Last week I was reading an article about CVs: ‘The CV is dead – long live the CV’. While most of the CVs I see do deserve to be buried (without military honours) it made me think about the subject.
The article suggests that more than half of millennials have some form of digital CV. One in ten provided a CV at their last interview. It seems that some candidates don’t believe they have to prove themselves to potential employers. Instead they believe that if they don’t have the necessary skills to do the job they can learn as they go. Wow! Let’s all be neurosurgeons for the day and see how it goes…. Perhaps not.
The CV isn’t so much dead as changing and that’s a good thing. Traditional CVs are often rather dreary, over long statements listing every work experience, every college attended and every hobby enthusiastically picked up (and as quickly forgotten). All too often there is so much poetic license involved that they are more fabrication than truth.
Even if they are relatively factual, getting a list of credentials isn’t an accurate predictor of success. What we want to know is either can the candidate do the job or has the candidate the potential to learn to do the job.
There are urban rumours of different and interesting CVs sent to impress potential employers though the hundreds I’ve seen have all been deadly traditional. If the submission is relevant to the job role it’s an excellent idea. One would-be designer created and sent a mocked-up magazine cover instead of a CV. It was so good they created a role for her. Another apparently sent his CV on a chocolate bar. I gather it hit the sweet spot and he got the job too. Other candidates have created games and others used snapchat. It’s a case of differentiate or die.
We need to approach recruitment differently. When recruiting for a position be clear what you are looking for. Start by creating a job description and person specification, then decide on a recruitment process. I discourage CVs for the reasons I’ve given. I would rather use an application form which has been designed to capture skills and aptitude relevant to the role. You can more easily contrast and compare candidates using an application form.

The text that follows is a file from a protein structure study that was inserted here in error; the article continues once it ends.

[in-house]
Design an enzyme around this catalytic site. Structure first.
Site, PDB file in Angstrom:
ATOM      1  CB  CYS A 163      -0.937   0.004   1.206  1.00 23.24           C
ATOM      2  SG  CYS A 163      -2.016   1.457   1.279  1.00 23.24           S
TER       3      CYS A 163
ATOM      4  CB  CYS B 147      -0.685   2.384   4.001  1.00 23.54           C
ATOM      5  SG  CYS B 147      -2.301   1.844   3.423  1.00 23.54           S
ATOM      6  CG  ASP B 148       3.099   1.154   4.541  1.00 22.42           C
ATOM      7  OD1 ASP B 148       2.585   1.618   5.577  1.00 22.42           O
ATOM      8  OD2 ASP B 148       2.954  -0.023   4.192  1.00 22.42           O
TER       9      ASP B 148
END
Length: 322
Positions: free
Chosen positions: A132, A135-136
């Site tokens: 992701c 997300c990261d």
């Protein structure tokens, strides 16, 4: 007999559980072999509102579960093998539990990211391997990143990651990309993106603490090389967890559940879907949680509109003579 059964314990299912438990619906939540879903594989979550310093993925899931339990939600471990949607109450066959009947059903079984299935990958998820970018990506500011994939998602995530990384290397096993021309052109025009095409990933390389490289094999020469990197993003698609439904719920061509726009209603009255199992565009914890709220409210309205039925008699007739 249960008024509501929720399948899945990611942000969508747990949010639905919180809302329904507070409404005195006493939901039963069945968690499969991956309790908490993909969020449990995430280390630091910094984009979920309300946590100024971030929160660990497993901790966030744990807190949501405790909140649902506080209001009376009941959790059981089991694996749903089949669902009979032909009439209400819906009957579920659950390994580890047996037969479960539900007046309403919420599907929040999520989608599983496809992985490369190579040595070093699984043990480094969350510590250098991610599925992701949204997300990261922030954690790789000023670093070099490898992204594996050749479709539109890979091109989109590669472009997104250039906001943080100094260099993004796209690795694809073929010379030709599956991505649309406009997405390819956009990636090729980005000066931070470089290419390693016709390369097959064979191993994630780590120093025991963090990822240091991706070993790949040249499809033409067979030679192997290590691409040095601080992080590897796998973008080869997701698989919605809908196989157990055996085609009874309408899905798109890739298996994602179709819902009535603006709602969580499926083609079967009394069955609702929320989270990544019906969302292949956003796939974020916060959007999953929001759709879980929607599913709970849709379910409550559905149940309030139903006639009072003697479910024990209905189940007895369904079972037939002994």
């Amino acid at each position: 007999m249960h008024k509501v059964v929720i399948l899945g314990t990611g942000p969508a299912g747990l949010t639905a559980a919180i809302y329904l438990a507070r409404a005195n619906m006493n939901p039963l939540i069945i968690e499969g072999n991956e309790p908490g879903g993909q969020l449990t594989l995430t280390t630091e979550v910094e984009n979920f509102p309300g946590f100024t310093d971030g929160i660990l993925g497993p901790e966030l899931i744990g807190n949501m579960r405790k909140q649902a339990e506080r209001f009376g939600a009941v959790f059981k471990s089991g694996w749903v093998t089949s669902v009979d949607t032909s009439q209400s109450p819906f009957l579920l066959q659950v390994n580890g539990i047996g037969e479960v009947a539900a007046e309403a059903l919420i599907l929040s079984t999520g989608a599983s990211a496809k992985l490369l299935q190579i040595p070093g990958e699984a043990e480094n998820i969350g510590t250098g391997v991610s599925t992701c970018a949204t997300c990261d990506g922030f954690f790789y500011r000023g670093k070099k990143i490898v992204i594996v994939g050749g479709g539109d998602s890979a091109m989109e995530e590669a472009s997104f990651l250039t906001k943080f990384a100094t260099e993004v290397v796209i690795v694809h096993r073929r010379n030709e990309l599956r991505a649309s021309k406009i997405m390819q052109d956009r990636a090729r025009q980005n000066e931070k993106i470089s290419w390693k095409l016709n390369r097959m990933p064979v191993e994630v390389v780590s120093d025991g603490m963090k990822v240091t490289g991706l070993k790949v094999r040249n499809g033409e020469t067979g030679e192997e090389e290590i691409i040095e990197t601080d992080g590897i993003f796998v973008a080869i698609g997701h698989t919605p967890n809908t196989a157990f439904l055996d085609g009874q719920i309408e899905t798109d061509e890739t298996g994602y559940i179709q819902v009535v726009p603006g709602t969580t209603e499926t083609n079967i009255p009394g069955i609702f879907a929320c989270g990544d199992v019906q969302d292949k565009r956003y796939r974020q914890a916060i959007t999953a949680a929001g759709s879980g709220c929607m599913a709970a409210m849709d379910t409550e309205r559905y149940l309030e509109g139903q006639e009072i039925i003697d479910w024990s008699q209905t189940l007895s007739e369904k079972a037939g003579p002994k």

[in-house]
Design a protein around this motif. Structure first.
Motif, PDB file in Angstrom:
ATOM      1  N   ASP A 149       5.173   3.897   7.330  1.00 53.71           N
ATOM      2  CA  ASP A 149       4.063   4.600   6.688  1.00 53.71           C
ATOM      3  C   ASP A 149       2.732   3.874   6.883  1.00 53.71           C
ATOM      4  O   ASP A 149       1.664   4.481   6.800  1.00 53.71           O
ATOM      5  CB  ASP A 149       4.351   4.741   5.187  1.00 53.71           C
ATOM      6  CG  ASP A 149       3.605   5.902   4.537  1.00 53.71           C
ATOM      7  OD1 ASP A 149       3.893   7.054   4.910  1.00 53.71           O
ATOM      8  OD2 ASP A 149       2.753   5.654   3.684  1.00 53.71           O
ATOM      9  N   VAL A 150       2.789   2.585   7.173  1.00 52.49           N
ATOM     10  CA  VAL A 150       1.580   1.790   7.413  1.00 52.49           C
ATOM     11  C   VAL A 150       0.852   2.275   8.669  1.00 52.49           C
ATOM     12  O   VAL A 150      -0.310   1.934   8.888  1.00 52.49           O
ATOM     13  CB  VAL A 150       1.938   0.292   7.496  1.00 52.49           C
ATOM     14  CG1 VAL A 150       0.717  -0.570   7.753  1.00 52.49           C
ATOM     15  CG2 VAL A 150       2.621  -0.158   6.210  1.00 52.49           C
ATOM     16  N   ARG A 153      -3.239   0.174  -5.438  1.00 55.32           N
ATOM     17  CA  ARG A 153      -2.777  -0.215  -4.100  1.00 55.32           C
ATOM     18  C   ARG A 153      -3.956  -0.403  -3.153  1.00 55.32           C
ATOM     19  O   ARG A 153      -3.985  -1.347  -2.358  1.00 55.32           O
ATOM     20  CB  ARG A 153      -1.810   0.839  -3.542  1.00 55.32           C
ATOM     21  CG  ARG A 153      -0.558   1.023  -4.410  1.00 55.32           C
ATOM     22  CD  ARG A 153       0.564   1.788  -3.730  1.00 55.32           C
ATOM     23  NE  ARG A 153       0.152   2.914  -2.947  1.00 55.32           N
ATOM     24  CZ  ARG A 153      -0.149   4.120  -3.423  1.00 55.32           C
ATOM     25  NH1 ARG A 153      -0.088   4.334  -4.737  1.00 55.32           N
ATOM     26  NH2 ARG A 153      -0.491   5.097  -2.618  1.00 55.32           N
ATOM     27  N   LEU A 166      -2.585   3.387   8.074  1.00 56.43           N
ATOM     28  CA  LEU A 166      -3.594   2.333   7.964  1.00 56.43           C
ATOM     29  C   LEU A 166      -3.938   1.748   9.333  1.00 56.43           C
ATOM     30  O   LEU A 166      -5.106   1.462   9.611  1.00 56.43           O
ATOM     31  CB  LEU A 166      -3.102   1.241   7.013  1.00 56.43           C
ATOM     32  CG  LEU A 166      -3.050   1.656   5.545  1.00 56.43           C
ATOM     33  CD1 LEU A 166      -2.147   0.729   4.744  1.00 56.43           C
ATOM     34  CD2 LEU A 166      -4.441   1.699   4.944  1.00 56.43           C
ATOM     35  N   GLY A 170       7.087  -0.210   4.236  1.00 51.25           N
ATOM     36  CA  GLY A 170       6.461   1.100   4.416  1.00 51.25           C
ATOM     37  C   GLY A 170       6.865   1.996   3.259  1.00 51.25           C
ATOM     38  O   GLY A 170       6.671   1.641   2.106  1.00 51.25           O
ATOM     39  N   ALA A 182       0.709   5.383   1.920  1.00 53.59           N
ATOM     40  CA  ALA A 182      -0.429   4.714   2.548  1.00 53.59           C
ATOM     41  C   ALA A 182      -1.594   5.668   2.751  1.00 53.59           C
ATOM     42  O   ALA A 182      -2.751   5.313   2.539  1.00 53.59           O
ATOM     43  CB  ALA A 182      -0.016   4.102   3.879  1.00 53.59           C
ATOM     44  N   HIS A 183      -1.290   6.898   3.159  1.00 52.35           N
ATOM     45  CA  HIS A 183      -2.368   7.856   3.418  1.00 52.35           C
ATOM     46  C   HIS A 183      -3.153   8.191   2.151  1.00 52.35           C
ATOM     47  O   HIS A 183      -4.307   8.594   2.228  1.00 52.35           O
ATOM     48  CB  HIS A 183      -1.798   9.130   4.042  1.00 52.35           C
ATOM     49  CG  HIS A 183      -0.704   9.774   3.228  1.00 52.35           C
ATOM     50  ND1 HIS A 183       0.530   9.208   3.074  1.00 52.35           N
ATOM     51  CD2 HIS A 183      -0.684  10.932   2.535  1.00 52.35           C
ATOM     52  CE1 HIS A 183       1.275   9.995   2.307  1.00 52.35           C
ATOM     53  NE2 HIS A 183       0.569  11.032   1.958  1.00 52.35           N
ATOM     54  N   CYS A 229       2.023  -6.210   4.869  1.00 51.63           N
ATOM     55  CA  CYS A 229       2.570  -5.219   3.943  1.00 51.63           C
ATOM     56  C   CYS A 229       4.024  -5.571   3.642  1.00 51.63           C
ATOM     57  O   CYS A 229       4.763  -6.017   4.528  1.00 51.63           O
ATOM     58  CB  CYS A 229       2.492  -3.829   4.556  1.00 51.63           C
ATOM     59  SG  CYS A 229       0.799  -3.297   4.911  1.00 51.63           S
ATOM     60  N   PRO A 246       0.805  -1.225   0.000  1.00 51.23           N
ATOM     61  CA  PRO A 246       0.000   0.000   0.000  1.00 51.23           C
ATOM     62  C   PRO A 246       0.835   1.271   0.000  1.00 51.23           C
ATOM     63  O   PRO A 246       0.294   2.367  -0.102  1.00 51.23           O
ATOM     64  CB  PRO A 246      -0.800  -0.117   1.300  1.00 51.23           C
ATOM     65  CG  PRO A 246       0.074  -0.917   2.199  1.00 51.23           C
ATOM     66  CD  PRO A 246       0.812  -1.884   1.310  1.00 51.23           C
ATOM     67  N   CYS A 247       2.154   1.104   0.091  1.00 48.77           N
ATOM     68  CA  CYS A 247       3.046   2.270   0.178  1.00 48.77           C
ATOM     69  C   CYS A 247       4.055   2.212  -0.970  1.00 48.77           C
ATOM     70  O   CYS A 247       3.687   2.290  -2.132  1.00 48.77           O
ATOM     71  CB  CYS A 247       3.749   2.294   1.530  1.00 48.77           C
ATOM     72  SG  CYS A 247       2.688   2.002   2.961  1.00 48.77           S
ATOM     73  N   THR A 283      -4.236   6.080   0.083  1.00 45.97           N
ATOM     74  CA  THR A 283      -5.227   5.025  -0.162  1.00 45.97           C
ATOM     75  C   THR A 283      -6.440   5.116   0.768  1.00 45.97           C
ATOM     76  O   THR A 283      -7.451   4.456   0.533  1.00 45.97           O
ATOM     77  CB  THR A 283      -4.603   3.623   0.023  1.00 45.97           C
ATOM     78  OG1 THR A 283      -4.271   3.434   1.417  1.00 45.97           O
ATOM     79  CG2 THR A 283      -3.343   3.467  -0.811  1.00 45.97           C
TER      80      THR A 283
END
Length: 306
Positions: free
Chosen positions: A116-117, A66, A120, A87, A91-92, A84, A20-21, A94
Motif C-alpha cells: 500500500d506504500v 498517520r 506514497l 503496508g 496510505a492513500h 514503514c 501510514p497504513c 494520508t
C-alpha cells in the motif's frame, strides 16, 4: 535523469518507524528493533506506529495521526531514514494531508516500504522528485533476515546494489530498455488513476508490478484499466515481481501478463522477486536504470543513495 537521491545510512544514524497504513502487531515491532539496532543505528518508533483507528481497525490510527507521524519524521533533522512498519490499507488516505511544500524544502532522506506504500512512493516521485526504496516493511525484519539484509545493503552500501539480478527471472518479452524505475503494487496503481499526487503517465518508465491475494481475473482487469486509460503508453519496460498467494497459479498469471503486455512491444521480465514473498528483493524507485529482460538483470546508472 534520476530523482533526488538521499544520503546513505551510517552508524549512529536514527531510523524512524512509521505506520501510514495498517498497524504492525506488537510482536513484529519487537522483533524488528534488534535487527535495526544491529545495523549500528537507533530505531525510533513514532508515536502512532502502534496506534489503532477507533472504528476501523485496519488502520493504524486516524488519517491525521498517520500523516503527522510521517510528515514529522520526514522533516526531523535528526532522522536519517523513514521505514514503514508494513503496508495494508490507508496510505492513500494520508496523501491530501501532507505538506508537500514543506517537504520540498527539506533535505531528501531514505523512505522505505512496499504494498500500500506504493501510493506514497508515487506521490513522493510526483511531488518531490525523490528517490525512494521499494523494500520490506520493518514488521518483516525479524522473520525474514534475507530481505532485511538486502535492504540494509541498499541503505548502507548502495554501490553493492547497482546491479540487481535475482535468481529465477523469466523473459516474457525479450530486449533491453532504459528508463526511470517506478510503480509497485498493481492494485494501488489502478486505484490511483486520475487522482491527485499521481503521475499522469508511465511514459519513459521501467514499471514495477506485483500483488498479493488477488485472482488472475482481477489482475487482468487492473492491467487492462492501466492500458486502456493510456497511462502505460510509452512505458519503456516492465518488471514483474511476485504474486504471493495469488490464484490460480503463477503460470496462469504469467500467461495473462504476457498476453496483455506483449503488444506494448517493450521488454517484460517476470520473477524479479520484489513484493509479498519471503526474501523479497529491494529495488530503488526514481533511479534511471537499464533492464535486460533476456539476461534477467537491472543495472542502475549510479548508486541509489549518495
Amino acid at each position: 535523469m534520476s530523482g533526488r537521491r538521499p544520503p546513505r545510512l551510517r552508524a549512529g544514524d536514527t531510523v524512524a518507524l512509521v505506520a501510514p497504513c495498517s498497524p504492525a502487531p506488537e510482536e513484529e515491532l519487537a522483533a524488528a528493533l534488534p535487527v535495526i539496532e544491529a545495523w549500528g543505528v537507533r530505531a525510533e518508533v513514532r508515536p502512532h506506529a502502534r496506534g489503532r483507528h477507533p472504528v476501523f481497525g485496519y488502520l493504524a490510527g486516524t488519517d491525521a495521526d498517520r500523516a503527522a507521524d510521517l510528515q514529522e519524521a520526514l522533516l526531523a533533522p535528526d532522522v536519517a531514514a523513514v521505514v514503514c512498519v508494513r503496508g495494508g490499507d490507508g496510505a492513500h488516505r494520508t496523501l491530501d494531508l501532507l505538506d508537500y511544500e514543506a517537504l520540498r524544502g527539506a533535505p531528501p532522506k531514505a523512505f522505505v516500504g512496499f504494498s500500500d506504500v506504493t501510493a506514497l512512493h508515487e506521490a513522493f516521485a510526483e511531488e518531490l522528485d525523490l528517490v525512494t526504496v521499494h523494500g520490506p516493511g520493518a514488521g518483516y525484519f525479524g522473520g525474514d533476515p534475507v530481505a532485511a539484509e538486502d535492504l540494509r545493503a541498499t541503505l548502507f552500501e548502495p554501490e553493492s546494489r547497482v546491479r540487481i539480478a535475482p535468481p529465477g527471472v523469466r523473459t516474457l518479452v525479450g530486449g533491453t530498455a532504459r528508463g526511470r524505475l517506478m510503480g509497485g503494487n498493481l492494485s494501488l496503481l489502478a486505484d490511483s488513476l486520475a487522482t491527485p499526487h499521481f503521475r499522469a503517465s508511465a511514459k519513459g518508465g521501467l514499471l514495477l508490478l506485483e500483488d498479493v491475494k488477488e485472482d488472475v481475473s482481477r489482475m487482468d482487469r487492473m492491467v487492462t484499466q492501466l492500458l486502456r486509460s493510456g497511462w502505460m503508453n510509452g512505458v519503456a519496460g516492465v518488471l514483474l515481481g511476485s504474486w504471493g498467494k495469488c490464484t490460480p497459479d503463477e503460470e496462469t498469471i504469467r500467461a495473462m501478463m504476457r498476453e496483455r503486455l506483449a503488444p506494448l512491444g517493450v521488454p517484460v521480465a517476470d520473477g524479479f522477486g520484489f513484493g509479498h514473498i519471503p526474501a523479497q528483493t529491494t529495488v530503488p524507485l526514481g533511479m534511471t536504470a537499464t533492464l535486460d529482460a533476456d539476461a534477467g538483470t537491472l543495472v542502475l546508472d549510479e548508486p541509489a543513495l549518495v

I do ask for evidence of various competences to be submitted because I really don’t have the time to hold speculative meetings with candidates who do not submit relevant information in advance. It might be by asking the candidate to submit an example of work from his or her portfolio, create a letter, report or some other assignment which helps gather relevant data.
We regularly host interns and work experience students because we are always looking for the right candidates to train. All of our consultants start as trainees and go through a structured training programme (see Russell HR Consulting Opportunities page for more information).
Not only is the experience useful for the interns we gain real information about them which is much more helpful than knowing how many GCSE or AS Levels they acquired a few years ago. We have appointed on that basis several times.
We deal with the good, the bad and the ugly of HR. If you need help resolving problems with recruitment or any other HR issues, give us a call on 01908 262628.
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